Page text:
“ ‘I forgive you, brother!’ I cried. ‘With all my heart!’
“For a long moment we grasped each other’s hands, the former guard and the former prisoner. I had never known God’s love so intensely, as I did then”



This is not to say, by the way, that I don't think that the Ex Nazi should not have turned himself in to the International Criminal Court or whoever else, since he should have turned himself in if he was fully and/or truly sorry. After all, on a way-lesser and -different level, Achan ben Karmi took the punishment for his own sin. Why, therefore, couldn't the Ex Nazi who had attempted to murder Corrie ten Boom and murdered others take the punishment for his own sin?

In terms of compassion, we have to remember that (for example) not all who speak incorrigibly are being malicious. In terms of Robin Williams' suicide, for example, Rosanne Barr was in denial (She later deleted her denial-filled tweets.), and Shepard Smith and a Facebook friend of mine either do not understand depression and suicidal tendencies or even have experiences with suicides their lives and have opened-up wounds:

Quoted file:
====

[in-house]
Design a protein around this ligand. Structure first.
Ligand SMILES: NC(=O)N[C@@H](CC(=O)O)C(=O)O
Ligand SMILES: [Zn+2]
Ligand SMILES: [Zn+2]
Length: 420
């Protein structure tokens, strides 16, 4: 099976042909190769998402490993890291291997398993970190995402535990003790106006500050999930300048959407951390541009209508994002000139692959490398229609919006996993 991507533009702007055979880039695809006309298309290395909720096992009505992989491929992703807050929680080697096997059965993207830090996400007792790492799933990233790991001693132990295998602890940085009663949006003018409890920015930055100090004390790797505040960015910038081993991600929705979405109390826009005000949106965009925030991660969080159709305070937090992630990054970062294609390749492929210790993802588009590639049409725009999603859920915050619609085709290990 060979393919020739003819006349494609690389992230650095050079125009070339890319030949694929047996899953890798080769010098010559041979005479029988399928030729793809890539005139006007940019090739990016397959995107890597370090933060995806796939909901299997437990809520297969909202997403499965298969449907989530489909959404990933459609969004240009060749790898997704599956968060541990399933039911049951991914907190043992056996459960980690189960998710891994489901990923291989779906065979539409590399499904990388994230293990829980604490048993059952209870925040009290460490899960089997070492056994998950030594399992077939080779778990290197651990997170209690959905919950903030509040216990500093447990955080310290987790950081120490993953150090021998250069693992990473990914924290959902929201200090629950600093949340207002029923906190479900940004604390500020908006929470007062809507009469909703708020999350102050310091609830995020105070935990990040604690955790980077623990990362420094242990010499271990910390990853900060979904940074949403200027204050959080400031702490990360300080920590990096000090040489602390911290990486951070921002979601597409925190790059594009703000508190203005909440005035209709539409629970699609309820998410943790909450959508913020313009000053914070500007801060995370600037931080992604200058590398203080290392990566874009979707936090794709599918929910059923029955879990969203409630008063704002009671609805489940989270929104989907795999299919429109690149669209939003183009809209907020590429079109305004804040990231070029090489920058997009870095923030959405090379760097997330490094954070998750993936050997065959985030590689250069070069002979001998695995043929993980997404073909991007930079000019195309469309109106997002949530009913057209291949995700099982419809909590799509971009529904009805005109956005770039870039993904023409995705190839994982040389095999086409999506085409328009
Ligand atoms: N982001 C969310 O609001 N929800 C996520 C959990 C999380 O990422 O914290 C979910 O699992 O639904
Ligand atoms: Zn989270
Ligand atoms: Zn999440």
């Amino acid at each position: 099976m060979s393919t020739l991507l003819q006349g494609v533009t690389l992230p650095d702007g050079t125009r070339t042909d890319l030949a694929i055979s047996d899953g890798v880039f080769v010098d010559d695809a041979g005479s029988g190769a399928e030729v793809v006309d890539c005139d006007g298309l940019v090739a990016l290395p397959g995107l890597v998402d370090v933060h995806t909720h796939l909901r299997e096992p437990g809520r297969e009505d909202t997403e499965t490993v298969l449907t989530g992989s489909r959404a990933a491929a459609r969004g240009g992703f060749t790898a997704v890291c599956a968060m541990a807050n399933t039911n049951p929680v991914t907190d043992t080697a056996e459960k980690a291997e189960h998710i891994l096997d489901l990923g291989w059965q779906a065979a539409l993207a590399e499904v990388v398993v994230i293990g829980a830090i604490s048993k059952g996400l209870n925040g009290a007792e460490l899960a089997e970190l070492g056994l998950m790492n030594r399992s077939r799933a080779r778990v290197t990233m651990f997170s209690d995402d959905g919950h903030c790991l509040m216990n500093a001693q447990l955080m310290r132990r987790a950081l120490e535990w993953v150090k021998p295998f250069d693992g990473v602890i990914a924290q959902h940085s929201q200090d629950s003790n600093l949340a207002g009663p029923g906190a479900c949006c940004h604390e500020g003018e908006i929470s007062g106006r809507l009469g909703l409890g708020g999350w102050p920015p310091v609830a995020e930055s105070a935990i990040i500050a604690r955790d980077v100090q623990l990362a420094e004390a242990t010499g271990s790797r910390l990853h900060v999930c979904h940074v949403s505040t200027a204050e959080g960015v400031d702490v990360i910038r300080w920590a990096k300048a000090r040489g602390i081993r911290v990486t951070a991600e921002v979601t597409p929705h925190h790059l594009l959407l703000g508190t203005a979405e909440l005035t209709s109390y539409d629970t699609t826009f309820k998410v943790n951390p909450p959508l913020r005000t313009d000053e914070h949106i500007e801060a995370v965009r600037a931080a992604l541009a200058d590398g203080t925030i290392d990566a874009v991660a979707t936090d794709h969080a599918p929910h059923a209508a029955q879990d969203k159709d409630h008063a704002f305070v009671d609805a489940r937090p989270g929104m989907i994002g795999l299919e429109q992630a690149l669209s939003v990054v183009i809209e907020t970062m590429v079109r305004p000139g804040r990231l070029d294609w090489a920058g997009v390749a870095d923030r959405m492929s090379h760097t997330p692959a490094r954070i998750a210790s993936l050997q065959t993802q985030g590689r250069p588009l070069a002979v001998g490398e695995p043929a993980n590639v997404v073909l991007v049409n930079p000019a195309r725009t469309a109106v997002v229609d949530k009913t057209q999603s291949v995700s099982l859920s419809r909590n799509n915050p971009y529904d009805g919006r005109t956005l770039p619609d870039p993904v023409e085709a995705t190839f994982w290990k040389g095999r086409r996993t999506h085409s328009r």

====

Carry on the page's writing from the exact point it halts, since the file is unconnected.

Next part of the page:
"Those who were able to forgive their....enemies were able also to return to the outside world and rebuild their lives, no matter what the...scars. Those who nursed their bitterness remained invalids. It was as simple and as horrible as that."
Also, again:

 The message that God forgives has a prior condition: that we forgive those who have injured us. ‘If you do not forgive men their trespasses,’ Jesus says, ‘neither will your Father in heaven forgive your trespasses.’
Furthermore:

“You have heard that it was said, ‘You shall love your neighbor and hate your enemy.’ But I say to you, love your enemies, bless those who curse you, do good to those who hate you, and pray for those who spitefully use you and persecute you, that you may be sons of your Father in heaven; for He makes His sun rise on the evil and on the good, and sends rain on the just and on the unjust. For if you love those who love you, what reward have you? Do not even the tax collectors do the same? And if you greet your brethren only, what do you do more than others? Do not even the tax collectors do so? Therefore you shall be perfect, just as your Father in heaven is perfect.